The MPP signed a similar deal last month with Pfizer’s US rival Merck for its prospective oral antiviral medicine molnupiravir.

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Europe

Covid: Europe region faces 700,000 more deaths by March – WHO

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bbc– A further 700,000 people could die of Covid by March in Europe and parts of Asia, the World Health Organization has warned.

The death toll already exceeds 1.5 million in the 53 countries of what the WHO terms as its Europe region.

The WHO warned of “high or extreme stress” in intensive care units in 49 of the nations by March 2022.

Europe is facing a surge in cases, prompting Austria to return to lockdown and others to consider fresh measures.

A number of countries – including France, Germany and Greece – could also soon make booster jabs a requirement for their citizens to be considered fully vaccinated.

But several countries have seen fierce protests against new measures. The Netherlands saw several nights of rioting over a partial lockdown.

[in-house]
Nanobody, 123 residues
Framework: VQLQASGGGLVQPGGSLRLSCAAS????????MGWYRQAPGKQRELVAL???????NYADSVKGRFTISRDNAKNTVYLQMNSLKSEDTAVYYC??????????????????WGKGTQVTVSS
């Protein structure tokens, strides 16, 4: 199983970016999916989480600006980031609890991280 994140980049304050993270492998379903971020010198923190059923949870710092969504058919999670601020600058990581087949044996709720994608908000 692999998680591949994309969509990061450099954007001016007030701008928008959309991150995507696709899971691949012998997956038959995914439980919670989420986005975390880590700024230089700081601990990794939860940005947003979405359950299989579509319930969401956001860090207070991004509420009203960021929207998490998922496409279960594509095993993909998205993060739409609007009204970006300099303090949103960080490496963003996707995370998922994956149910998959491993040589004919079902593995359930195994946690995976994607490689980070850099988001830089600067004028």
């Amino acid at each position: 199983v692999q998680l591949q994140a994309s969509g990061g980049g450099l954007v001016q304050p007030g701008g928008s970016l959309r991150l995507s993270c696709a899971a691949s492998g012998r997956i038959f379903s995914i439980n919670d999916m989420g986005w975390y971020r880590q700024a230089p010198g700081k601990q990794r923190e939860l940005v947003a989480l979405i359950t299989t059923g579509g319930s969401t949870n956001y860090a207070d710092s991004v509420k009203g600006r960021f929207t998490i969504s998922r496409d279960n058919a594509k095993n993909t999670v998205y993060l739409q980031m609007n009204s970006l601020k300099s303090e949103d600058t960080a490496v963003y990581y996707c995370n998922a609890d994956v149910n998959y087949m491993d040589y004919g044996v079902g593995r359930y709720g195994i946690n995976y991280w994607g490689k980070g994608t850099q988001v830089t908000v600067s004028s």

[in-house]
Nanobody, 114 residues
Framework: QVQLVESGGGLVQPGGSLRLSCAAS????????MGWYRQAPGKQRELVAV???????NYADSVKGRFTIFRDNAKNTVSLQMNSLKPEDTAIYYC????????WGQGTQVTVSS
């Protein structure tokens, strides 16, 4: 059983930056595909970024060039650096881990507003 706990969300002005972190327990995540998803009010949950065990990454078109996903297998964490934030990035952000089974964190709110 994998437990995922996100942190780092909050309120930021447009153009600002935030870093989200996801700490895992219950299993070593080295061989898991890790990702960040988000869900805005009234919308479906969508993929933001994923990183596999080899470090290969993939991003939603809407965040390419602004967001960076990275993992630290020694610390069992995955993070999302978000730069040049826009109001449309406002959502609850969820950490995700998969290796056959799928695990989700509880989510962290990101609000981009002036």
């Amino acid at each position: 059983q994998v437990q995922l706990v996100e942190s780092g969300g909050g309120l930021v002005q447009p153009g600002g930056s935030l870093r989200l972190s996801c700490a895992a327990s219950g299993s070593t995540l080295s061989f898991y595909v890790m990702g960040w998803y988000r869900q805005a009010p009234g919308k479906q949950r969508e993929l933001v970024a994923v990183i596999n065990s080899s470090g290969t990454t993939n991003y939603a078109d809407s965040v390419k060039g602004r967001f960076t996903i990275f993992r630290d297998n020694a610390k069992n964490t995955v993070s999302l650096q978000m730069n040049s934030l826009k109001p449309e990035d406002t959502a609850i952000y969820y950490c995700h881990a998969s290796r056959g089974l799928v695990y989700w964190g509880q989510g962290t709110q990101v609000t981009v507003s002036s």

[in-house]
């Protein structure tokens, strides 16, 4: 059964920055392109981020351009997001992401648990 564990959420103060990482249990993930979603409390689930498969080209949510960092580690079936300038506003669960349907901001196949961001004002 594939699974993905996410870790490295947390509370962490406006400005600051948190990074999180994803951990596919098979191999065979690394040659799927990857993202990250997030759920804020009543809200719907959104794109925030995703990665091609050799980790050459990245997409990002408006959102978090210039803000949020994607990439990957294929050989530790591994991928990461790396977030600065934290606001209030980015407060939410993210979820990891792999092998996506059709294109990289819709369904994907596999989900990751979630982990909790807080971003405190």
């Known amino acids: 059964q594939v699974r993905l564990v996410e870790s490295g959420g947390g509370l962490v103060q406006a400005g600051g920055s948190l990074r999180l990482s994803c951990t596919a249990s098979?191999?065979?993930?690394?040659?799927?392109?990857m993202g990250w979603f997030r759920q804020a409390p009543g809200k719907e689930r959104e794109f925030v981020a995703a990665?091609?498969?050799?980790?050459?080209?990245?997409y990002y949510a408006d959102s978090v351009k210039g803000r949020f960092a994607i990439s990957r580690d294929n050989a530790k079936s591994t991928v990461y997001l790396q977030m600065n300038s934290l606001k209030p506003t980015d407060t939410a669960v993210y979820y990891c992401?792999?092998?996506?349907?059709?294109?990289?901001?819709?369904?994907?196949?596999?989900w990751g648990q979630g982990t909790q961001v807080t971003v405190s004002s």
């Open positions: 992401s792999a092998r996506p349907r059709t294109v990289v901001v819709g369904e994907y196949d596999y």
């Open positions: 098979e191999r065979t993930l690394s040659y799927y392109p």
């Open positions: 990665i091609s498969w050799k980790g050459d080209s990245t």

In its assessment, the WHO warned Covid was the top cause of death in its Europe region.

“Cumulative reported deaths are projected to reach over 2.2 million by spring next year, based on current trends,” the WHO said on Tuesday.

Confirmed Covid-related deaths recently doubled to almost 4,200 a day, it added.

In Russia alone, the daily death toll has been recently topping 1,200.

A high number of unvaccinated people and the prevalence of the Delta variant in some countries were key factors behind high transmission rates in the Europe region, the WHO said.

The WHO Europe director, Dr Hans Kluge, urged those who were still unvaccinated to get the jab.

“All of us have the opportunity and responsibility to help avert unnecessary tragedy and loss of life, and limit further disruption to society and businesses over this winter season,” he said.

As well as European nations, the WHO also considers Israel and ex-Soviet states like Tajikistan and Uzbekistan as making up the region.

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Australia

Perrottet Government moves to extend COVID-19 emergency powers until 2023